dig provides a number of query options which affect the way in which lookups are made and the results displayed. Some of these set or reset flag bits in the query header, some determine which sections of the answer get printed, and others determine the timeout and retry strategies.
Each query option is identified by a keyword preceded by a plus sign (+). Some keywords set or reset an option. These may be preceded by the string no to negate the meaning of that keyword. Other keywords assign values to options like the timeout interval. They have the form +keyword=value. The query options are:
- Use [do not use] TCP when querying name servers. The default behaviour is to use UDP unless an AXFR or IXFR query is requested, in which case a TCP connection is used.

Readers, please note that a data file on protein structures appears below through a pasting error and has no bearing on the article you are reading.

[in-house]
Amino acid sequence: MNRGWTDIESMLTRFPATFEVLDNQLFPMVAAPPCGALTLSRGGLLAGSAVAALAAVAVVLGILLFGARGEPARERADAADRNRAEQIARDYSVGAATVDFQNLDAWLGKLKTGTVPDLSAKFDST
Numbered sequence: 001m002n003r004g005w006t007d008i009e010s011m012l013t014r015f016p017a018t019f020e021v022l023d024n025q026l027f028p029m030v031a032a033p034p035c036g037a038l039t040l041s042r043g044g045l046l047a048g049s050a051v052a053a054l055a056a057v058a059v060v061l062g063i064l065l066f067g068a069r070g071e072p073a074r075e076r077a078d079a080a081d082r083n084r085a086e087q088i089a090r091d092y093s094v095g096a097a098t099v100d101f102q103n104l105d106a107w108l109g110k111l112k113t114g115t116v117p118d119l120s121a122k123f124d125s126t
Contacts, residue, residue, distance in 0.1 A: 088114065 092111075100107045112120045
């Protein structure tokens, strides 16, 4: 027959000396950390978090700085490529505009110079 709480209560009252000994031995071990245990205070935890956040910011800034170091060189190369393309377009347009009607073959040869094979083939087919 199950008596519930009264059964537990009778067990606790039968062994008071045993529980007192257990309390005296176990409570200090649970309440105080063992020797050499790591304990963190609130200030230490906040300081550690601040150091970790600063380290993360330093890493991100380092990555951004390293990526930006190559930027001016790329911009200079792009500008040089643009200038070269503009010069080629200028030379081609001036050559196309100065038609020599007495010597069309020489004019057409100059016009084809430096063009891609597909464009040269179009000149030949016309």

- Use [do not use] TCP when querying name servers. This alternate syntax to +[no]tcp is provided for backwards compatibility. The “vc” stands for “virtual circuit”.
- Ignore truncation in UDP responses instead of retrying with TCP. By default, TCP retries are performed.
- Set the search list to contain the single domain somename, as if specified in a domain directive in /etc/resolv.conf, and enable search list processing as if the +search option were given.
- Use [do not use] the search list defined by the searchlist or domain directive in resolv.conf (if any). The search list is not used by default.
- Deprecated, treated as a synonym for +[no]search